On the Street: Unemployment, Warren Buffett, Jane Bryant Quinn…and Fiona Apple! | Opinion

Coronavirus in U.S.
Clorox disinfecting wipes in a kitchen in Culver City, California, on April 24, 2020, amid the novel coronavirus pandemic. Top White House coronavirus advisor Deborah Birx shrank in horror and around the nation comedians sharpened their pens: President Donald Trump had just asked if virus victims couldn't be injected with disinfectant. Chris Delmas/Getty

Welcome back to On The Street. After we watched in wonder as the S&P 500 soared almost 13 percent in April—got to love 30 million-plus folks out of work, right?—the first day of May was a tank-a-thon. (S&P down 2.8%) The geniuses like me who follow this stuff said President Trump's China ramblings were to blame along with earnings disappointments from big tech and oil companies. (Clorox, though, was up 3.4 percent Friday. Thanks, Mr. Trump!) But who the hell knows? And with that sage observation, here a few thoughts from the past week.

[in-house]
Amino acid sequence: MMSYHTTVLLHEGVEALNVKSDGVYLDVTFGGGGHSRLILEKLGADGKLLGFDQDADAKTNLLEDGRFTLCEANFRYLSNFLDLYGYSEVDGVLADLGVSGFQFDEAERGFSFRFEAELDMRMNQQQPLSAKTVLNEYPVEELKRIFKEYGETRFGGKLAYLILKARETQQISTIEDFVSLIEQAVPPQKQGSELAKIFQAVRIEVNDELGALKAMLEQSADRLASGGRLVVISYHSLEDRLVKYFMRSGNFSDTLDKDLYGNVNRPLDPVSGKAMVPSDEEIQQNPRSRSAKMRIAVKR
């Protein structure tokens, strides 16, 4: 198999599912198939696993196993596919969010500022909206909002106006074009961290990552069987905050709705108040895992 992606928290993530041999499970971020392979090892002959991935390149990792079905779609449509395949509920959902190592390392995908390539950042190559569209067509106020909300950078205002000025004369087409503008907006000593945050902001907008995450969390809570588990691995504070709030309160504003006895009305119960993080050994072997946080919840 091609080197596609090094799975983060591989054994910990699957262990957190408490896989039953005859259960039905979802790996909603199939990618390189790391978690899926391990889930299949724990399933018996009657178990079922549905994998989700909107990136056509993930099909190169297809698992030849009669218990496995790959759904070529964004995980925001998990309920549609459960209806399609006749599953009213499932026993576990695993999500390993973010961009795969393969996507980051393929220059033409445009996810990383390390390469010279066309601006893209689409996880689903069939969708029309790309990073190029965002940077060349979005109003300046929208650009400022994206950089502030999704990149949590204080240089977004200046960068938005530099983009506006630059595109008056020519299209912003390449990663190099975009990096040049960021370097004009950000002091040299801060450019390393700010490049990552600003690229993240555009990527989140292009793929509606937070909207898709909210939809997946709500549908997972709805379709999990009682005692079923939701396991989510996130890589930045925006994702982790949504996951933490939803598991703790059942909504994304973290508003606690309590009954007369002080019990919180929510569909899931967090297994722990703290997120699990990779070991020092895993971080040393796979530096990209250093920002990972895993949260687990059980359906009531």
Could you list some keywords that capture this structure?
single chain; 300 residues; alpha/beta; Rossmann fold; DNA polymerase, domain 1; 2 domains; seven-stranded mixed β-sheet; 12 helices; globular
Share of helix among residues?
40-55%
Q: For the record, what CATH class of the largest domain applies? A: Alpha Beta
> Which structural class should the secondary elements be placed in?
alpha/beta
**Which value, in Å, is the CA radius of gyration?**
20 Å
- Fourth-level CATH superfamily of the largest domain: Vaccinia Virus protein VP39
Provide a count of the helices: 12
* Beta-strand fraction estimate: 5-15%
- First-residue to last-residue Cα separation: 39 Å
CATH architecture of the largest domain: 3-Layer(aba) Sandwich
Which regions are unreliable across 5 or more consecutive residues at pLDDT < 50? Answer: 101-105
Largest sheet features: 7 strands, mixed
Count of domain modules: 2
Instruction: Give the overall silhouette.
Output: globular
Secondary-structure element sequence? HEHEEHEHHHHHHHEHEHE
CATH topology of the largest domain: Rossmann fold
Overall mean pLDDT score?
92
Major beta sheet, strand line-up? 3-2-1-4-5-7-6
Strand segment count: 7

The Check's in The Mail: I thought it was pretty sad over the past few weeks when news started to trickle out that big companies were taking loans intended, in spirit and practice, for small businesses. But, then, this week came along. The Economic Policy Institute came out with the following conclusion based on a March/April national survey: Only about half of the "potential" unemployment insurance applicants "are actually receiving benefits," concluded EPI, a left of center think tank. There are a lot of reasons for this: like overwhelmed state unemployment systems. In addition, some states like Florida (shocker) have made it more difficult to draw benefits over the years, according to The New York Times. In other unemployment news, some state officials are already worried that the jobless won't return to work fast enough—and may strike back. The Washington Post reports that states like Oklahoma and Iowa are threatening to strip benefits from workers who are afraid to return to potentially unsafe jobs. "If there is a claimant out there that says 'you know what, I can make more money sitting at home,' " one Oklahoma government big was quoted in the Post. "then, if the employer will contact us, that's a refusal of civil work and we'll cut off their benefits." Nice. Thank goodness farm state officials are fighting for our right to eat pork chops.